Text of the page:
More than a year after the start of the Covid-19 pandemic, the global airline industry remains in the red with devastating consequences for this sector in Africa as highlighted by the African Economic Commission (ECA) and the Airlines Association African Airlines (AFRAA) in its report entitled “African Airlines in the Context of the Civod 19 Pandemic, Overcoming a Liquidity Crisis, published March 3”.
Most of the continent’s companies find themselves in a virtual insolvency situation with a level of financial losses set at over $ 10 billion for the entire sector. This is particularly true for Ethiopian Airlines, which reports a $ 3 billion drop in revenue in 2020. Ethiopian lost $ 430 million with thousands of jobs at risk in the country. While the air generated $ 70 billion annually on the continent, flights from Africa fell 95% last year compared to 75% on average in other parts of the world.
This tense climate also suffers from the absence of an ambitious recovery plan and support mechanisms despite a few national initiatives such as in Senegal. “If the African States have provided budgetary aid to cope with the economic and social consequences of the pandemic, most have not provided direct support to their national company”, judges the report which specifies: “Contrary to what is happening happening in Africa, states in other regions of the world have put in place aid measures for their airlines, including direct support, loan guarantees, equity investments and rent waivers ”. By comparison, Germany has injected $ 9 billion to support its flagship Lufthansa and the US administration has decided to devote $ 60 billion to support its sector.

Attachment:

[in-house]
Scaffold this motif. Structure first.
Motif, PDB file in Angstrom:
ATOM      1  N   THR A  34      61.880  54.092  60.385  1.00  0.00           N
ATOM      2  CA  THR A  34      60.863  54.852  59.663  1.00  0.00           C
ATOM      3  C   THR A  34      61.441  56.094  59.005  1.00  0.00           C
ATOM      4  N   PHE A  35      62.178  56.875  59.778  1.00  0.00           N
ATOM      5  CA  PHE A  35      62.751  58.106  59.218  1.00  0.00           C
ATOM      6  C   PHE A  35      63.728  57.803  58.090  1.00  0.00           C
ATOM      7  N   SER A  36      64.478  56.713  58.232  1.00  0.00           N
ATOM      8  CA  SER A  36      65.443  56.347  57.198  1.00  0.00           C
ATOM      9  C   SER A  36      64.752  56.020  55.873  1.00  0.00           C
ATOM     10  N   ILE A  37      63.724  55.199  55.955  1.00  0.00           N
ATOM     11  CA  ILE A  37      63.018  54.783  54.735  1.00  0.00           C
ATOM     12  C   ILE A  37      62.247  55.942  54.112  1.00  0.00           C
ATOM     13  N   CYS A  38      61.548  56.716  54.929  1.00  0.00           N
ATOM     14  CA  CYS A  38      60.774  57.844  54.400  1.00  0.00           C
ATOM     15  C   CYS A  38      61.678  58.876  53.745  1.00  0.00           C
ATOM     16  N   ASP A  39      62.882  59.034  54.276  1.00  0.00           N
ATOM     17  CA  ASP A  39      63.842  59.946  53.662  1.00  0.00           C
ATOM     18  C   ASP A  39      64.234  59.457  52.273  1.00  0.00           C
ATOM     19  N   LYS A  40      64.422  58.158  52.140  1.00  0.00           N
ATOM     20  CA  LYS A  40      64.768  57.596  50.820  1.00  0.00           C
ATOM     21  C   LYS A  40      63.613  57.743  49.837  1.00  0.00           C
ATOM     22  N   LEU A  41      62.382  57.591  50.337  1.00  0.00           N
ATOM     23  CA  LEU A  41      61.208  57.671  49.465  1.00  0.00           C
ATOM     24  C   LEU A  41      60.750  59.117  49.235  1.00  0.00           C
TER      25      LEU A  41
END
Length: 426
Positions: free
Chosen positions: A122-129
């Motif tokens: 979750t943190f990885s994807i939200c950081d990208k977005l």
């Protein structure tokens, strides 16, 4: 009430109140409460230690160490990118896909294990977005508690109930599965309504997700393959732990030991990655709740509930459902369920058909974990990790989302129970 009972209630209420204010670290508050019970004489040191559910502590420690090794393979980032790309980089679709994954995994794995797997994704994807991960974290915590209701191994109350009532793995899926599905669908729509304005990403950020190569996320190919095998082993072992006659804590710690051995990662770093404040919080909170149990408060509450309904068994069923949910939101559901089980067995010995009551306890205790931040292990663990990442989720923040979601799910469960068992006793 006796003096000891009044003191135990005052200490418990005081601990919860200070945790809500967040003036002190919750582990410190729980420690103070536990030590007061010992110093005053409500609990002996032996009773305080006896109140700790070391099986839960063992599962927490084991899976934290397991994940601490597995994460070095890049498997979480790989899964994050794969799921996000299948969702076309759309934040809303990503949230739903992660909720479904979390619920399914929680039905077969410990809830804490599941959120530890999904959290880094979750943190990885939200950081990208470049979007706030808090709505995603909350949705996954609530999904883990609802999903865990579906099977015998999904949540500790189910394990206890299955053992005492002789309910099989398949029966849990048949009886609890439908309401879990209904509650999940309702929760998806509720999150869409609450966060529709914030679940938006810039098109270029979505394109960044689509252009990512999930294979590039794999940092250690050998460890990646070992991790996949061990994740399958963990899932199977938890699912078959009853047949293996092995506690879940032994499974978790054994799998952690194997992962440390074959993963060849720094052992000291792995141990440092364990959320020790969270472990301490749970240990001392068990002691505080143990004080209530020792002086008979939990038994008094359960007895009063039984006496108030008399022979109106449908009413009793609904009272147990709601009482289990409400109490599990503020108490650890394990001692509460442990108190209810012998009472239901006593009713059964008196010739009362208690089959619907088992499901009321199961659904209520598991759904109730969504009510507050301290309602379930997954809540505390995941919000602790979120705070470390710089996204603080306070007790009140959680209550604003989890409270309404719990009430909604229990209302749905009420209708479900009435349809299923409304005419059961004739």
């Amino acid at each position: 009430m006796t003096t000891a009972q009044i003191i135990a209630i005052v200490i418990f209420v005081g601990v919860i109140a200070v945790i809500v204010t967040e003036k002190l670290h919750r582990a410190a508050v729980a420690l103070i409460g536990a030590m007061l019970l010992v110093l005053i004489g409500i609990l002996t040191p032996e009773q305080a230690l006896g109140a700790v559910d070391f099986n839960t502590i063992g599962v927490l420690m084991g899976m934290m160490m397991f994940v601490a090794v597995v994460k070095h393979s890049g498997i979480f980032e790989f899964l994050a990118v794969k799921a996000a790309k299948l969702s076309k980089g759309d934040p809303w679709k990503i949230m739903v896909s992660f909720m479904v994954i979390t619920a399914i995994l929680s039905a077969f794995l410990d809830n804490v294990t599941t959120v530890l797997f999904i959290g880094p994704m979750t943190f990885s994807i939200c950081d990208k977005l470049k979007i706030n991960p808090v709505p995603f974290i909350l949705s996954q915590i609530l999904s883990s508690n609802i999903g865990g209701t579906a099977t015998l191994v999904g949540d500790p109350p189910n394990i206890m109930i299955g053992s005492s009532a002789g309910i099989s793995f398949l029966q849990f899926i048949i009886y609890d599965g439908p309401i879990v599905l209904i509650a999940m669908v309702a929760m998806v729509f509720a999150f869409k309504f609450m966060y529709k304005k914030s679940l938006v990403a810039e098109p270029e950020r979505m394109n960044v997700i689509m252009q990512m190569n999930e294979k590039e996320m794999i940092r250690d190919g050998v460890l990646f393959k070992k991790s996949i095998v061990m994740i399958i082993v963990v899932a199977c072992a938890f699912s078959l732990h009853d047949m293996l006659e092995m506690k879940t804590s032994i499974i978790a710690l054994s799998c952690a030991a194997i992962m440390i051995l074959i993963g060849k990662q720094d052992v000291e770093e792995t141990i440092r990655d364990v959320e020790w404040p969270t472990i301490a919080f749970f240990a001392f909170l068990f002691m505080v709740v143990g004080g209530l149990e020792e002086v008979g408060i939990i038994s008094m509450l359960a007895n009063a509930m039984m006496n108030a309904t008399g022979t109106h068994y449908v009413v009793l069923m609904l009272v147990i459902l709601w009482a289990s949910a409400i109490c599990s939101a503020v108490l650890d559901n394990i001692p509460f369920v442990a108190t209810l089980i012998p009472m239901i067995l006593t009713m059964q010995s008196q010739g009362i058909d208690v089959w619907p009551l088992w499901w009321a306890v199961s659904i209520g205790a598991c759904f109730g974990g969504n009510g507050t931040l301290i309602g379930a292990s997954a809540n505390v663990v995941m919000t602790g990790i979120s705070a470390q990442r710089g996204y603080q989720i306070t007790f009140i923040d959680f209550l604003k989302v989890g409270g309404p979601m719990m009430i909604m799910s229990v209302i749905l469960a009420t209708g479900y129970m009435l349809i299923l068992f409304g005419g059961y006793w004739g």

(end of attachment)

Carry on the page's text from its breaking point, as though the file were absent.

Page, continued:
However, the debt of companies continues to swell with its suppliers and its creditors (aircraft manufacturer, leasing company, banks, financial institutions, etc.). To contain the crisis, the ECA evokes several urgent avenues. It suggests in particular the drastic alleviation of budgetary constraints through the postponement of all the repayment deadlines of the players in the sector, in particular loans but also airport fees. An exemption from taxes and duties on passengers and fuel is also requested. As it stands, these measures can help contain the crisis while helping to preserve credit lines and ultimately corporate liquidity. The report also calls for urgent access to finance in the form of grants, concessional loans with fast-track granting procedures, grants, central bank liquidity lines and cash support mechanisms.
Five organizations (IATA, AFRAA, Airline Association of Southern Africa (AASA) the World Tourism Organization (UNWTO) and the World Travel and Tourism Council are also calling for the release of $ 10 billion in funding to help curb some of the situation and to avoid large social plans in the event of no change in the situation in the coming months. These various proposals are being studied as part of a strategy for the recovery and sustainability of the aviation sector currently in progress. being developed by the African Union and the African Civil Aviation Commission (Cafac).